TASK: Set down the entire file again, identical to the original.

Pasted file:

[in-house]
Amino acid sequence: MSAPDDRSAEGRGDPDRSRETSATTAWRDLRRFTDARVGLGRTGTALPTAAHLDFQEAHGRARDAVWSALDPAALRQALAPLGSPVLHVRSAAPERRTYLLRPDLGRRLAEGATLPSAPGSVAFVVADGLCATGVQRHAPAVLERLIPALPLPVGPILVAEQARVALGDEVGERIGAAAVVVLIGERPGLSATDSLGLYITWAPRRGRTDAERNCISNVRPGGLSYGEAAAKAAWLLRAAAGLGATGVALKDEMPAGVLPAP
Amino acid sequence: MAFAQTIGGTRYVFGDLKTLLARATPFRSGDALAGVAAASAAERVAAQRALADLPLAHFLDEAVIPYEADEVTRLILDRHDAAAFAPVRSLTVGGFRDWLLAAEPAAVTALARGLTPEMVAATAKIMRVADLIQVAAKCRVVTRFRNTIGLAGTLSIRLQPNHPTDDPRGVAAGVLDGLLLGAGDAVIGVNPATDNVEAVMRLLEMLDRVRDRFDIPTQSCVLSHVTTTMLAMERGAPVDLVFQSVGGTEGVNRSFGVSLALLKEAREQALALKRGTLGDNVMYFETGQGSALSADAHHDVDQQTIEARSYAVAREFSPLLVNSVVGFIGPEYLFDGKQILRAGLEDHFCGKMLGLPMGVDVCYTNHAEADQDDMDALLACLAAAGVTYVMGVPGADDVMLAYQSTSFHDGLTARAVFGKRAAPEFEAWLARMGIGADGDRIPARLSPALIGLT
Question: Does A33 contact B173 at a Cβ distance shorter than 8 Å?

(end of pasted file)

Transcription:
[in-house]
Amino acid sequence: MSAPDDRSAEGRGDPDRSRETSATTAWRDLRRFTDARVGLGRTGTALPTAAHLDFQEAHGRARDAVWSALDPAALRQALAPLGSPVLHVRSAAPERRTYLLRPDLGRRLAEGATLPSAPGSVAFVVADGLCATGVQRHAPAVLERLIPALPLPVGPILVAEQARVALGDEVGERIGAAAVVVLIGERPGLSATDSLGLYITWAPRRGRTDAERNCISNVRPGGLSYGEAAAKAAWLLRAAAGLGATGVALKDEMPAGVLPAP
Amino acid sequence: MAFAQTIGGTRYVFGDLKTLLARATPFRSGDALAGVAAASAAERVAAQRALADLPLAHFLDEAVIPYEADEVTRLILDRHDAAAFAPVRSLTVGGFRDWLLAAEPAAVTALARGLTPEMVAATAKIMRVADLIQVAAKCRVVTRFRNTIGLAGTLSIRLQPNHPTDDPRGVAAGVLDGLLLGAGDAVIGVNPATDNVEAVMRLLEMLDRVRDRFDIPTQSCVLSHVTTTMLAMERGAPVDLVFQSVGGTEGVNRSFGVSLALLKEAREQALALKRGTLGDNVMYFETGQGSALSADAHHDVDQQTIEARSYAVAREFSPLLVNSVVGFIGPEYLFDGKQILRAGLEDHFCGKMLGLPMGVDVCYTNHAEADQDDMDALLACLAAAGVTYVMGVPGADDVMLAYQSTSFHDGLTARAVFGKRAAPEFEAWLARMGIGADGDRIPARLSPALIGLT
Question: Does A33 contact B173 at a Cβ distance shorter than 8 Å?